How life has rapidly changed for Iowa target, Midwest mega-recruit D.J. Carton
BETTENDORF, Ia. — D.J. Carton hears two things during timeouts at Bettendorf home games: his coach drawing up a play and the kids shouting his name from the stands.
If he can, he'll quickly smile and wave — and make those kids' nights — before turning right back to his coach.
That balancing act is a taste of Carton's current life. One year ago, he was a 16-year-old who showed a bit of mid-major promise. Today, he’s a 17-year-old, top-40 mega-recruit with Power Five programs in heavy pursuit — and, of course, a bevy of young fans.
"That’s why I play basketball," Carton told the Register before practice Wednesday. "I love the game, but I want to inspire others because I didn't have all the talent in the world growing up playing basketball. I want to inspire others to keep working hard and, hopefully, they can live out their dream."
Carton is known as a highly athletic, cerebral lefty point guard in the recruiting world — one whose playmaking abilities could make an immediate impact. The 6-foot-2, 180-pounder recently vaulted 83 spots from No. 121 to No. 38 in 247Sports' 2019 rankings, cementing him as a legitimate elite prospect for this class. On the 247Sports Composite scale, he's 0.0074 points from five stars.
With that top-tier recruiting profile comes celebrity treatment — and plenty of responsibility.
At school, Carton knows all eyes are on him, whether that means classmates walking down the halls, teammates relying on him for guidance or teachers telling him how much their sons or daughters admire him. His eyes light up when he remembers his Spanish teacher, Ms. Zimmerman, first telling him that last year.
"You’ve got everyone’s eyes on you, and they’re always watching what you’re doing," Carton said. "You know you’ve got to have that integrity and that respect for everyone. That’s one thing I’ve noticed. You’ve just got to do the right things when no one is watching."
In the recruiting realm, that responsibility translates to maintaining contact with schools from the Big Ten, Big 12, SEC and Big East who have offered him, in addition to other interested schools that include Indiana, Michigan, USC, Purdue, Wake Forest and Virginia.
Carton is Iowa's top 2019 target. Iowa State visited his open gym in the fall and recently watched him play.
He gets three to four texts a day from college coaches and one or two calls a night. He got about seven texts a day and two hours worth of phone calls each night during the summer.
He remembers one September night, in particular, when he had planned to play an NBA 2K17 video game tournament at a friend’s house. Five phone calls from coaches — and three hours later — it was 10 p.m.
"And I’m like, 'Yeah, I’m just gonna chill at home tonight,'" Carton laughed.
If coaches don’t text him, they’ll contact his mom or dad. He's often greeted at home with "You’re missing a call from this coach" or "You need to call these two coaches tonight" from his mom. That just happened Tuesday with Missouri's coaching staff, which was calling to finalize Carton's unofficial visit to Columbia this weekend.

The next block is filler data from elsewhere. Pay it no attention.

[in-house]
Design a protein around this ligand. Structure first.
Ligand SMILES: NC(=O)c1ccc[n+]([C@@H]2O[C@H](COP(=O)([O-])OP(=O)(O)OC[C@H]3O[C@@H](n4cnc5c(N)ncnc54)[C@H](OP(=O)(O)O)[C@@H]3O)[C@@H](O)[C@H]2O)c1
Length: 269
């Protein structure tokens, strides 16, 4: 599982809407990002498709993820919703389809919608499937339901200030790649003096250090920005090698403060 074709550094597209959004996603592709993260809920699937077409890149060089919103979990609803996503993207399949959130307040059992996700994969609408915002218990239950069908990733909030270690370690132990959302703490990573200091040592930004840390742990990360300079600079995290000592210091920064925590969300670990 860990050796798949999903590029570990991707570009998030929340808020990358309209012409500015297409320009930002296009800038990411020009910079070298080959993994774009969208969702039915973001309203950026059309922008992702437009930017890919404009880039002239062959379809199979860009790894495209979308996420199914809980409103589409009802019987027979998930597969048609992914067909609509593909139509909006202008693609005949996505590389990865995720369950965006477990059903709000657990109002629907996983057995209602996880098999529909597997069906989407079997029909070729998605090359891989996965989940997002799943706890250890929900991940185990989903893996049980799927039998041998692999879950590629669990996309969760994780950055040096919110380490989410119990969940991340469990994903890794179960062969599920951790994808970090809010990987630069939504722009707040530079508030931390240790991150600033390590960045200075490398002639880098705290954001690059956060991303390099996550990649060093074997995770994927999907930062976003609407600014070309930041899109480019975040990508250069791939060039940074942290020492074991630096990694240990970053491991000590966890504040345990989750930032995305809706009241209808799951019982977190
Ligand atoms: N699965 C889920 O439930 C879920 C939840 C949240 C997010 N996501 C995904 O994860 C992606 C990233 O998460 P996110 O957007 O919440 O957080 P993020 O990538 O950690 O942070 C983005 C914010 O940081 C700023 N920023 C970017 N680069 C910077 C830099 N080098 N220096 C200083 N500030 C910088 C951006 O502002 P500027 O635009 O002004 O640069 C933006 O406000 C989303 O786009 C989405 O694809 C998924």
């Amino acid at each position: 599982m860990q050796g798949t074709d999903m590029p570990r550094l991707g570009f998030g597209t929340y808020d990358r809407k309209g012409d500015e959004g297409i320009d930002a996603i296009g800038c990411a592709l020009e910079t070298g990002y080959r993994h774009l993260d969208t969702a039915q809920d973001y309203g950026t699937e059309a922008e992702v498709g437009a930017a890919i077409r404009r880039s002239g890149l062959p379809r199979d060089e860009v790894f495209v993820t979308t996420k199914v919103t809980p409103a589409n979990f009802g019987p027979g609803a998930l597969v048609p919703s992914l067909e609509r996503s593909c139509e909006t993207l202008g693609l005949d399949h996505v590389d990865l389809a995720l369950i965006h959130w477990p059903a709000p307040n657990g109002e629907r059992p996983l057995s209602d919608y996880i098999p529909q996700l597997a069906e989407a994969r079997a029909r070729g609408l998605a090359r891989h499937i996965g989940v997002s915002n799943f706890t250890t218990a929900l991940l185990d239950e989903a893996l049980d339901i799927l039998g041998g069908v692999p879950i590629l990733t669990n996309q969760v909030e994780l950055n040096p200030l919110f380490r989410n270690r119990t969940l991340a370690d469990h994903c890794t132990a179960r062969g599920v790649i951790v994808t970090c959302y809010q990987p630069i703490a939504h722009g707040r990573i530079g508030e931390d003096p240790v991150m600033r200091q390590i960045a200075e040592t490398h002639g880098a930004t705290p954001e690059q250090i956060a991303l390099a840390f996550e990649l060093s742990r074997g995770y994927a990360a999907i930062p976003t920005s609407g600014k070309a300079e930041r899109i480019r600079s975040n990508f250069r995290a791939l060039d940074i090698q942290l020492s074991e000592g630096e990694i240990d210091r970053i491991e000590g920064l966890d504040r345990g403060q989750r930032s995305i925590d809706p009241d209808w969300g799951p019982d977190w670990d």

"Sometimes it gets a little hectic," he said. "It's just different."
While he's gotten good at handling it, this attention is still an adjustment for Carton, a quiet, humble kid who doesn't seek the spotlight. Think about it: Just nine months ago, he was an unknown prospect with zero offers and all the time in the world to play 2K with friends.
This whole process has forced him to grow up. Carton’s voice is deeper, more confident and mature since last spring. He stands straighter, holds eye contact longer. His handshake is firm, his laugh deep and warm.
He doesn’t seem 17.
Carton notices the change, too.
"Getting to talk to all these wise coaches teaches me things about becoming an adult and being a young man," he said. "Every time I go on a visit, I learn something new — how to make myself a better man, a better person, or how to lead amongst my teammates. So I feel like this process has really helped me turn into a young man."
Of course, Carton isn’t the only Bettendorf Bulldog whose life has changed these past nine months. Head coach Curtis Clark, whose most recent recruit was Nicholas Baer, receives just as many texts and calls as his star point guard.
He remembers taking a screenshot of recent calls on his phone summer, and every single number belonged to a Division I college coach.
"It wasn’t my wife, it wasn't my assistant coach, it wasn’t my mom or dad," laughed Clark, who said three college coaches had contacted him in the hours before he talked with the Register on Wednesday. "(I've been surprised by) the details that go into making a decision this big, with this many options. I always believe options are good, but I think it can also become overwhelming.
"The simple things of understanding how much movement goes on with college coaches, with all the movements that go on with transfers and recruiting, that he’s got to be really smart. And the timing is going to be important for him to make the correct decision for him."
For now, Carton said he's primarily focused on finishing this season strong. He is averaging 25 points, 6.5 rebounds and 3.1 assists for the 8-8 Bulldogs. They were placed in Class 4A's Substate 3 along with North Scott and Dubuque Senior, who are considered the favorites.
Let's see what the Carton-led Bulldogs can do.
Matthew Bain covers college football and basketball recruiting for the Des Moines Register. He also helps out with Iowa and Iowa State football and basketball coverage for HawkCentral and Cyclone Insider. Contact him at firstname.lastname@example.org and follow him on Twitter @MatthewBain_.